To Market I Go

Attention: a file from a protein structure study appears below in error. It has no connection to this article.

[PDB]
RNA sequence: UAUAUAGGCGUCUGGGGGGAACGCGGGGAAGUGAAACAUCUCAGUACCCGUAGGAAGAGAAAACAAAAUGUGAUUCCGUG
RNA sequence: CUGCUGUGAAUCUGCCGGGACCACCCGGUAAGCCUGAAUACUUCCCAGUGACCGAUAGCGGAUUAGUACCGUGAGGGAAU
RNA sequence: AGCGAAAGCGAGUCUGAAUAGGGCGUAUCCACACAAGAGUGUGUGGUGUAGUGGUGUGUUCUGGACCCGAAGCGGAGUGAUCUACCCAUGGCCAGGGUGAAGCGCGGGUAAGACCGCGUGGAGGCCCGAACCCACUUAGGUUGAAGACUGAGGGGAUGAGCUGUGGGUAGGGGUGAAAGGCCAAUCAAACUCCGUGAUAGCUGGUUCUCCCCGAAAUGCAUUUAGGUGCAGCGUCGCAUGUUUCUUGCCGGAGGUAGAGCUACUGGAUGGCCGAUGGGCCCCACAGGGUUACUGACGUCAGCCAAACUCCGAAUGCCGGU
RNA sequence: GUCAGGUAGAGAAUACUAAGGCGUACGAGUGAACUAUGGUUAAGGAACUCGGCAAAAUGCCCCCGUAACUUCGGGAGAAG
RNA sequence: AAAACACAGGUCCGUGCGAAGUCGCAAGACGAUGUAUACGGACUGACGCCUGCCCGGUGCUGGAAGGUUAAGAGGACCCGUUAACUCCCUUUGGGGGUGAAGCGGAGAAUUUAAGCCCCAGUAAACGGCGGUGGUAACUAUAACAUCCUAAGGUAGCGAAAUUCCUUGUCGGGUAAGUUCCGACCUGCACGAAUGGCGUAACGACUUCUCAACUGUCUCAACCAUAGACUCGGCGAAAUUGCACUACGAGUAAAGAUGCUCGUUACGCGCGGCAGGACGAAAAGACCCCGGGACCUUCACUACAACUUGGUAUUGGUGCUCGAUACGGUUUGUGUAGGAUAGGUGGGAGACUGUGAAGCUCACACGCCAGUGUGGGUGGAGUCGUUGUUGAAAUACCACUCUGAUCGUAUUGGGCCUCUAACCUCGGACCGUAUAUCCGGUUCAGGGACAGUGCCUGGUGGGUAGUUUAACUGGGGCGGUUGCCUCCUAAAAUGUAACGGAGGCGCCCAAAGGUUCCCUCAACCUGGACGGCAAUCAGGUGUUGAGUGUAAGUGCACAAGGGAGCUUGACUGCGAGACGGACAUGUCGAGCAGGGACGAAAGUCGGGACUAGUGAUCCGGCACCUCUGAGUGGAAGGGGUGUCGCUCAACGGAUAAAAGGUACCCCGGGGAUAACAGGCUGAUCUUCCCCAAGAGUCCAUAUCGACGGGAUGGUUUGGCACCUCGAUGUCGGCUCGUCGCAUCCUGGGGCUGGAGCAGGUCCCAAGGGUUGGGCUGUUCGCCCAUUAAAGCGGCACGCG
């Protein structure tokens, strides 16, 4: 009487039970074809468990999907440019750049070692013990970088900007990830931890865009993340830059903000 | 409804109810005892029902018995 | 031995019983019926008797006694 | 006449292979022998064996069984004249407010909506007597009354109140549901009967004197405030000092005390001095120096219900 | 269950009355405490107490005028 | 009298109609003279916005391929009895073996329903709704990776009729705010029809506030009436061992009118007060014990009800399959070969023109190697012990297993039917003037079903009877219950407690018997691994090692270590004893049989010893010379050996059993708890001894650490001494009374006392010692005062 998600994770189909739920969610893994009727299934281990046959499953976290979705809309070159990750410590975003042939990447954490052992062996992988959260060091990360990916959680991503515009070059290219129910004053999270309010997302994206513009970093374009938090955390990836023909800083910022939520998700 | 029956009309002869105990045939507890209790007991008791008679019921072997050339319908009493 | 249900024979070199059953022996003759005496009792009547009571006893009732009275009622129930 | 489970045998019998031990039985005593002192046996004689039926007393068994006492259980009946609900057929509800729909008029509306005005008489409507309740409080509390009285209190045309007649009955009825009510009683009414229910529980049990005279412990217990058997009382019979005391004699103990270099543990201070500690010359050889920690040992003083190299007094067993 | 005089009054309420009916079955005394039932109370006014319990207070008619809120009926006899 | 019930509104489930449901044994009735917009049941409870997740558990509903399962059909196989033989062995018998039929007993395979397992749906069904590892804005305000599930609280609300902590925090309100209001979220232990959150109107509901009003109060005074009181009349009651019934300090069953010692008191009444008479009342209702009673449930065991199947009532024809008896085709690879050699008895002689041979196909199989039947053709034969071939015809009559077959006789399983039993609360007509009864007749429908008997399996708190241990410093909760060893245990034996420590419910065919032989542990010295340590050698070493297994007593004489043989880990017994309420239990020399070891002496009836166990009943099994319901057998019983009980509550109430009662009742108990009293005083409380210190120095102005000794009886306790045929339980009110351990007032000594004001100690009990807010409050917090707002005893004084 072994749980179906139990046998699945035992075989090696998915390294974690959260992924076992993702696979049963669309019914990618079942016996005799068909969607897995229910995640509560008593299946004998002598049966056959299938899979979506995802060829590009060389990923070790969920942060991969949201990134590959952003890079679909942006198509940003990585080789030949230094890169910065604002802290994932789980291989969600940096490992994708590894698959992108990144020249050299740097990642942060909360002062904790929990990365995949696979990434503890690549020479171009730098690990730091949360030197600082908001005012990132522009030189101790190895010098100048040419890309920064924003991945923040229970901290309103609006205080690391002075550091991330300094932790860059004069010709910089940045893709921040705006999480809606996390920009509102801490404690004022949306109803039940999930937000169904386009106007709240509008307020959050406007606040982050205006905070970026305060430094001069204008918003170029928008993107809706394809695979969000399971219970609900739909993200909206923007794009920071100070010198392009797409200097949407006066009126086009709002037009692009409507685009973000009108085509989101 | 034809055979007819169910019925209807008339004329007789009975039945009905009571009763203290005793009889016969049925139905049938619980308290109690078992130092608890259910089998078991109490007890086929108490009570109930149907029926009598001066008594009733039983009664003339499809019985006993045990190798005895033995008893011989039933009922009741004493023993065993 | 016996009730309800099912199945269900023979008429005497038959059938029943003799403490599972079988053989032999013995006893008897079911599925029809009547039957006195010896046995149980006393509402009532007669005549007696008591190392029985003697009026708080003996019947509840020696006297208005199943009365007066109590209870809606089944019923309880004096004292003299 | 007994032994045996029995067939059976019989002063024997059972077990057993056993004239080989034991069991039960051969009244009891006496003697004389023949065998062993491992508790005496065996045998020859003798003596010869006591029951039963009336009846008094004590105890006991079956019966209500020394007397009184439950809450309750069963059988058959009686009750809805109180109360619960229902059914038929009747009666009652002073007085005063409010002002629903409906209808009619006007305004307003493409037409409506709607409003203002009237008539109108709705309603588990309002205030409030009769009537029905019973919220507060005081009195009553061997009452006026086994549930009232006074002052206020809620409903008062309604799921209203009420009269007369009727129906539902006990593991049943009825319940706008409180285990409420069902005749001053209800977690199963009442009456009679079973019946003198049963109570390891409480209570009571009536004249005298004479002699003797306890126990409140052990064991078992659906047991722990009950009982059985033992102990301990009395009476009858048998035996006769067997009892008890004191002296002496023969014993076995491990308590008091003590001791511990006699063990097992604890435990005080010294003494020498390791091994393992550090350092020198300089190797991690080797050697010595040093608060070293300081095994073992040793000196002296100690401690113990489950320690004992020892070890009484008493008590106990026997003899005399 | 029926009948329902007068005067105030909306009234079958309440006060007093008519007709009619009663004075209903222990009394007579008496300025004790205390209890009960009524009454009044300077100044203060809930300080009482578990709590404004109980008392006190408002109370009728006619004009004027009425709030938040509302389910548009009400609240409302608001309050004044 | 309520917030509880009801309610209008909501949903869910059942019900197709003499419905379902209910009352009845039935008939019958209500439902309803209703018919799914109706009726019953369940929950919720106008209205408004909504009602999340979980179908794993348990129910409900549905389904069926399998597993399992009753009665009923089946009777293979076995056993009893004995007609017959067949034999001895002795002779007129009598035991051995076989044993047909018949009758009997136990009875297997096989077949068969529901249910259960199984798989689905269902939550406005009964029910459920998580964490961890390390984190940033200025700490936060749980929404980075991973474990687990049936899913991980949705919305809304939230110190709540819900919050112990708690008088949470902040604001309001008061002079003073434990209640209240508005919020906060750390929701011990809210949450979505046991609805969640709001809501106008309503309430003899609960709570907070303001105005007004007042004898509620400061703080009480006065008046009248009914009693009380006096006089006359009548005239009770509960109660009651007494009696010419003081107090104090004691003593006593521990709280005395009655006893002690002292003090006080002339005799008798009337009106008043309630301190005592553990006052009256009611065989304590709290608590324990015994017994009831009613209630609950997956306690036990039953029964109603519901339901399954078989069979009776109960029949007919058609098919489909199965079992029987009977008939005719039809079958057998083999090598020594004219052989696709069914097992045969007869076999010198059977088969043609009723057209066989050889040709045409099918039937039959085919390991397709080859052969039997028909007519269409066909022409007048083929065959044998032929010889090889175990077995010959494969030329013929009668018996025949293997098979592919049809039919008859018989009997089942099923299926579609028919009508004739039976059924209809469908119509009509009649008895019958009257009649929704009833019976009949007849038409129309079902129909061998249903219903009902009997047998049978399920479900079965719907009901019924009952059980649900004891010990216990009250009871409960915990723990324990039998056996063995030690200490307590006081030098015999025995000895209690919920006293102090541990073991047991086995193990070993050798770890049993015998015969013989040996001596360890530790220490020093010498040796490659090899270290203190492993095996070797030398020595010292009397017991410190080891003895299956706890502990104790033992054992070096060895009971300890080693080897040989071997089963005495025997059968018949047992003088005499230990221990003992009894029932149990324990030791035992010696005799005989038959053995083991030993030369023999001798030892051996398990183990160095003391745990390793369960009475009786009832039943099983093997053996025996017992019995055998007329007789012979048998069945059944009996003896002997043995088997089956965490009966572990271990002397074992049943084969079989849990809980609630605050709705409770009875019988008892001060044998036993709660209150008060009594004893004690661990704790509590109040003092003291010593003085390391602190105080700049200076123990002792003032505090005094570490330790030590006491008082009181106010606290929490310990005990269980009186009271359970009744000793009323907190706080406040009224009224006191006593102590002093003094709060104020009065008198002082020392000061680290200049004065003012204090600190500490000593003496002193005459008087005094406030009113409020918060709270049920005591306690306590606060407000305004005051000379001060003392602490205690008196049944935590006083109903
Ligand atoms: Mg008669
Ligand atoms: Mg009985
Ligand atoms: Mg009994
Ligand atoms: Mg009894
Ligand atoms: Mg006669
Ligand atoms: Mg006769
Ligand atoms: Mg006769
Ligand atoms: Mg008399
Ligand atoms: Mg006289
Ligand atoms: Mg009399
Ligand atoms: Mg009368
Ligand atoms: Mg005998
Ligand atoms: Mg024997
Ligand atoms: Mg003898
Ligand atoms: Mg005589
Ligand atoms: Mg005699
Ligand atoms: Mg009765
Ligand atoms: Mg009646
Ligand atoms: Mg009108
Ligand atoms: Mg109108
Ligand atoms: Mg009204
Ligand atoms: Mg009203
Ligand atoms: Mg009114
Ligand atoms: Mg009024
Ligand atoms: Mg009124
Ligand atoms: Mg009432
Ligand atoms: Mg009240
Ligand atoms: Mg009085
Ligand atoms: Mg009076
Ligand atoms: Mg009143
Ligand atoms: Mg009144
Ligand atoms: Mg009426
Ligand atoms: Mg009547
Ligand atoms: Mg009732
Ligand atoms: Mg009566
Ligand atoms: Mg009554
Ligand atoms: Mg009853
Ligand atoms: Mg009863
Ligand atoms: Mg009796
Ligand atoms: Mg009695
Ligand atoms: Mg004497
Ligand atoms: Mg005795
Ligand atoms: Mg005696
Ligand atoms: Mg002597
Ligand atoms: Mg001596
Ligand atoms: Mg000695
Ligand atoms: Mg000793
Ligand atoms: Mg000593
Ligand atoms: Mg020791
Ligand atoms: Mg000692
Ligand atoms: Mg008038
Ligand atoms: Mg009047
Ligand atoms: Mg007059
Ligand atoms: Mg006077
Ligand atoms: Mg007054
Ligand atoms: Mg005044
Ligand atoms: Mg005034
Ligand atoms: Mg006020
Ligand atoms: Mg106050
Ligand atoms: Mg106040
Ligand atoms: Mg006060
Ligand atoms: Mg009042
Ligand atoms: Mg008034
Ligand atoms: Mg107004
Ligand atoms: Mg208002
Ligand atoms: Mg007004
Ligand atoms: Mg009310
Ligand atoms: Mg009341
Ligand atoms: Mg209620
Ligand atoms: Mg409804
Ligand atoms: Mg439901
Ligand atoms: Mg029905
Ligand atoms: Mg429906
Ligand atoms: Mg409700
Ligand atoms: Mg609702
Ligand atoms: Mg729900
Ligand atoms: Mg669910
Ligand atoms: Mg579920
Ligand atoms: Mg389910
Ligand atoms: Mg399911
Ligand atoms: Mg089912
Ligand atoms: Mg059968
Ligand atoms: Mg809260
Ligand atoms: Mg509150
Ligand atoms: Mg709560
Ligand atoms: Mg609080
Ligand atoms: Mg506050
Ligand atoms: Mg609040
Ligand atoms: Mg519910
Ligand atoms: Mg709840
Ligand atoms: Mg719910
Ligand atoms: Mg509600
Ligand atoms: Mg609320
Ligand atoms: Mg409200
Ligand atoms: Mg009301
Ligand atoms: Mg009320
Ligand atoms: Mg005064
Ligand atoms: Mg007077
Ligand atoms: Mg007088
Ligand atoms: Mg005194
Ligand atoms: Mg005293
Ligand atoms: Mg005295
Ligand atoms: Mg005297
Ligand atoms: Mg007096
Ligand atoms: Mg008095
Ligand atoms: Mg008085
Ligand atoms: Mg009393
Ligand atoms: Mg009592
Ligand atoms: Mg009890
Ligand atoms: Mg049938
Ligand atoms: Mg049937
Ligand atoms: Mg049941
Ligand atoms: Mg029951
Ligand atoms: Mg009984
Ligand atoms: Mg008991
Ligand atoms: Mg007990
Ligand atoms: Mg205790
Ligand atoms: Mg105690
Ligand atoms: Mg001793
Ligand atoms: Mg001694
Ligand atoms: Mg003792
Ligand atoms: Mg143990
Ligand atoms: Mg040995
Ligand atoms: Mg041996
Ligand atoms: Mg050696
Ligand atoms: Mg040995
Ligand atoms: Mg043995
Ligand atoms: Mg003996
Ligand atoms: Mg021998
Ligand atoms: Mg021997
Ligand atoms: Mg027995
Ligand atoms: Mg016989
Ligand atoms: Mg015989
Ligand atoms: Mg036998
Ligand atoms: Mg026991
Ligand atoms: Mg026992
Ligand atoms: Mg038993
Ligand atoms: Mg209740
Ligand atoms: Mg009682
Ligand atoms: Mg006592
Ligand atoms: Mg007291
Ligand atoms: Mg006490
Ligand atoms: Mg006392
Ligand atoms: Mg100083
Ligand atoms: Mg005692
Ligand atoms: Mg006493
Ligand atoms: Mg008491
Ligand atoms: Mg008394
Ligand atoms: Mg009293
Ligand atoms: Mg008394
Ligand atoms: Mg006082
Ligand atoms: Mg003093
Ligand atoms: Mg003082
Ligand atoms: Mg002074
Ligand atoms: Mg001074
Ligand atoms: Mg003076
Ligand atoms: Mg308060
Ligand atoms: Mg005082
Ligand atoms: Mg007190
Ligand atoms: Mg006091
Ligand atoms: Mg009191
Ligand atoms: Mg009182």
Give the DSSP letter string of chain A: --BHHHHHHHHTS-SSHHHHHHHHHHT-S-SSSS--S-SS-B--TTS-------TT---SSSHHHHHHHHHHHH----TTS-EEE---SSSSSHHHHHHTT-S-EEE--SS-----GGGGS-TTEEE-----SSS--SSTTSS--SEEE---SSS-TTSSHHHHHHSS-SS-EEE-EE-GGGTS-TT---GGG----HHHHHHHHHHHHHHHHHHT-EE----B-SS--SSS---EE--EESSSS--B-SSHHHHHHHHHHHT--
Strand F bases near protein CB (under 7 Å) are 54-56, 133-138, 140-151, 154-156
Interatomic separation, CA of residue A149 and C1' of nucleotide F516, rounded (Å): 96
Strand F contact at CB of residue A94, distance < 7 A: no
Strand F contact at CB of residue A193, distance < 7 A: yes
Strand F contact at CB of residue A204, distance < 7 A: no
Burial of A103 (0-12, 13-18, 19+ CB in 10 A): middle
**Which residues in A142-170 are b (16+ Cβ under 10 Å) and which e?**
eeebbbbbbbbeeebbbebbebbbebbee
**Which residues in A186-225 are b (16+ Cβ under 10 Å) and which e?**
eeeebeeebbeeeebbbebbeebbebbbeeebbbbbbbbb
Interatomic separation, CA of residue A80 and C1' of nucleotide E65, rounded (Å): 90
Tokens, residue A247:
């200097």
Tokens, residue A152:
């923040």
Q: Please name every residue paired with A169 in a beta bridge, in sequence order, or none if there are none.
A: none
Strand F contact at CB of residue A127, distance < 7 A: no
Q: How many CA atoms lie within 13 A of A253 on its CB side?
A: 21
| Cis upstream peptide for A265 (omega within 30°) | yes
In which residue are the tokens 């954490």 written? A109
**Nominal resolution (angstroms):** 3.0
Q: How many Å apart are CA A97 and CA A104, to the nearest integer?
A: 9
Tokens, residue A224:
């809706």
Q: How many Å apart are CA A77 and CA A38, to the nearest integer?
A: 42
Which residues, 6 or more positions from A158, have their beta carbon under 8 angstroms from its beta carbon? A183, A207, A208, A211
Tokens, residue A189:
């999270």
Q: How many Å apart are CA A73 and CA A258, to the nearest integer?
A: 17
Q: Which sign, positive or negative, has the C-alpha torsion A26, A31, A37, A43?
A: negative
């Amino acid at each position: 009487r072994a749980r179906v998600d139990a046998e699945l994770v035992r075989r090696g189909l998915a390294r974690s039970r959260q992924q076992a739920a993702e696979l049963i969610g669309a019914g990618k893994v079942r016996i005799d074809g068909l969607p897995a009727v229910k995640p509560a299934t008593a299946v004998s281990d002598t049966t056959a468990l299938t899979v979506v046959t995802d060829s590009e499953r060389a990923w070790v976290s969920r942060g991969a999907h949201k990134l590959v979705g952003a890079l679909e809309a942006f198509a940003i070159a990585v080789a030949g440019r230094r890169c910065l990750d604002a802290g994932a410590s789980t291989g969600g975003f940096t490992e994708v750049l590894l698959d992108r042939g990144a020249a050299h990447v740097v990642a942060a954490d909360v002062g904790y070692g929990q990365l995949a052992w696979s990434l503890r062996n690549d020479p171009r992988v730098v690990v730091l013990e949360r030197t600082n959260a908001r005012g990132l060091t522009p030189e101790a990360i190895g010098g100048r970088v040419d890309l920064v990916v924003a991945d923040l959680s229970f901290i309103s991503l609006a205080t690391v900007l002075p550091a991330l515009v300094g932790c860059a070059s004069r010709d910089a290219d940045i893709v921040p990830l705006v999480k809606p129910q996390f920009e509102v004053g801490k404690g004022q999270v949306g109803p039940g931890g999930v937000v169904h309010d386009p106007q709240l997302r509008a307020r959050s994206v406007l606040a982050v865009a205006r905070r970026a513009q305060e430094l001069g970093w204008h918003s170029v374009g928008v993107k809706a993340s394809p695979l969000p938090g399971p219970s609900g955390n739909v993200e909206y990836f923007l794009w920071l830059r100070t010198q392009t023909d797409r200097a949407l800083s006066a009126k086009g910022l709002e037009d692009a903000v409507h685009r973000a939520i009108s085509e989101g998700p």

Today’s blog is going to be pretty short, with a brief theological reflection at the end! This morning, after a good, but slightly treacherous run around the Old City [Suffice it to say that millions upon millions of pilgrim feet have made the stones of the Old City slick as ice, and when they are wet, you have to be really careful. The area right outside the Zion gate is particularly deadly], I walked out to the Mahaneh Yehuda, which is this fabulous outdoor market, with vendors selling every kind of food item imaginable, as well as kitsch, clothing, kippahs, and candy. I pulled the following information off Wikipedia [so glad they are up and running again!]: “Mahane Yehuda market is bounded by Jaffa Road to the north, Agrippas Street to the south, Beit Yaakov Street to the west, and Kiach Street to the east. The market itself has two major streets: Eitz Chaim Street (the covered market) and Mahane Yehuda Street (the open-air market). Bisecting these two streets are smaller streets named for fruits and nuts: Afarsek (Peach) Street, Agas (Pear) Street, Egoz (Walnut) Street, Shaked (Almond) Street, Shezif (Plum) Street, Tapuach (Apple) Street, and Tut (Berry) Street.” The marketplace was established in the late 19th century, and it got its name in the late 1920s. The walk along Jaffa street was really nice, too–it goes along the path of a new light rail train, which everyone seems to really like. It is very new, and only became fully operational on Dec. 1st, 2011. And, while I was walking, I succumbed to a bit of Americana–suddenly, on the corner, a “Coffee Bean & Tea Leaf” shop appeared out of nowhere! [This is the first chain, other than McDonald’s, I have seen–no Starbucks, which seems surprising to me]. And, I simply could not resist the lure of the mocha ice blended. I tasted of the coffee, and it was sweet! The young woman who took my order was really nice–she has only been living here four months, but she loves it, and is seriously considering “making aliyah,” if she can get her Hebrew good enough to go to college here. I wonder how many other young people feel as she does–is it common or rare these days? Anyway, I had a great time wandering around the marketplace–people were really stocking up for Shabbat [and, apparently, no one brings their own bags–EVERYONE was using plastic bags! If anyplace needs an envirosac intervention, it’s this place!], and the bus stop was so crowded, with people waiting to get home with all their purchases–bread, vegetables, meat, fish, sweets, nuts, spices, etc., etc. The only thing I bought was some flowers to take to my Shabbat hosts tonight–they have some beautiful flowers here. I was tempted by many other things, including all the interesting breads and the sweets, but I didn’t indulge [I have been trying to resist the temptation of seeing new foods and thinking that I must eat them, whether I am hungry or not!]. I also walked around and found the Gerard Behar Center, which is where the Eichmann trial took place. I knew it because I had seen it from afar yesterday, but there wasn’t any plaque or anything marking the place, as far as I could tell. Somehow I thought there would be. [Perhaps it has something to do with the fact that Mossad swept in and kidnapped Eichmann from Argentina and brought him back to Israel for trial without going through any formal channels. Needless, to say, Argentina wasn’t happy about it!] The other thing I looked up when I got home was the information about all the painted lions I have seen around the city [like the Dala Horses in Lindsborg–and the many, many other “animal parades” that pepper different cities: that trend of scattering painted animals around a city began in Zurich, with cows, in 1988]. Indeed, the Jerusalem Lion Project began around 10 years ago–there were roughly 80 lions spread throughout the city. In my walking, I have seen about 8 or so, and some of them really need touching up! I read that some of them were sold for charity, so I don’t know how many are left around. OK–that’s enough of that. I am going out to synagogue tonight [Reformed] and then supper, so I’ll have to report on that tomorrow. In the meantime, I keep meaning to share something Marty was telling us about a week or so ago–it’s about the priests, and the law. She reminded us that in the Old Testament, there are two lines of priests, the house of Aaron & the Levites. When David established the temple in Jerusalem, being no fool, he assigned a priest from each line to be high priest. But, when Solomon was vying for the throne, only Zadok, the Aaronite priest, supported him; the Levite supported his brother. So, when Solomon took the throne, he exiled the Levite to Anathoth [where Jeremiah was born]. From then on, to be a high priest, you had to be able to trace your lineage back to Zadok. And the descendants of Zadok became, in the New Testament, the Sadducees. This sort of helps explain why modern Judaism [rabbinic Judaism] can be traced back to the Pharisees. There were only four major sects of Judaism in the time of Jesus: the Essenes, who were extreme ascetics and fled the world altogether; the Zealots, who were the fighters and were wiped out by Rome; the Sadducees, who were so tied to the temple, that when the temple was destroyed they were out of commission, basically; and the Pharisees, who were able to make the transition from temple to Torah [they were well-equipped to do this anyway, since they were the interpreters of the law]. All of this biblical history led to a quick discussion about the law itself, which, unfortunately, gets a bad rap in Lutheranism [as it is typically contrasted with the gospel, along the lines of: “The law kills, but the gospel gives life.”] Marty was reminding us how, in Judaism, the law is understood as a wonderful gift–a way to live life to the fullest & richest, not a restrictive set of burdensome commands. I think it will be important for the interreligious work I am doing with Judaism to think more about how Jewish understandings of the law might helpfully inform Christian anthropology, and the way we understand our relationship to God. I think it can/should be thought of in positive terms as well, not just as a negative, a foil for the gospel. There is something to be said, I think, for structuring one’s whole life around God’s commands: just like today at the market. Extensive preparations are required in order to properly observe the Sabbath–everything closes early today, so that everyone can get ready and be prepared: it dominates everyone’s agenda today; and of course, it IS the order the day tonight/tomorrow. I’d like to think more about what the rich, multi-layered Jewish understanding of “keeping the law” might teach Christianity, where “the law” often gets constricted down to specific moral [even more–sexual] prohibitions, which don’t allow for the depth and complexity of the whole concept of “the law” to be expressed, I think.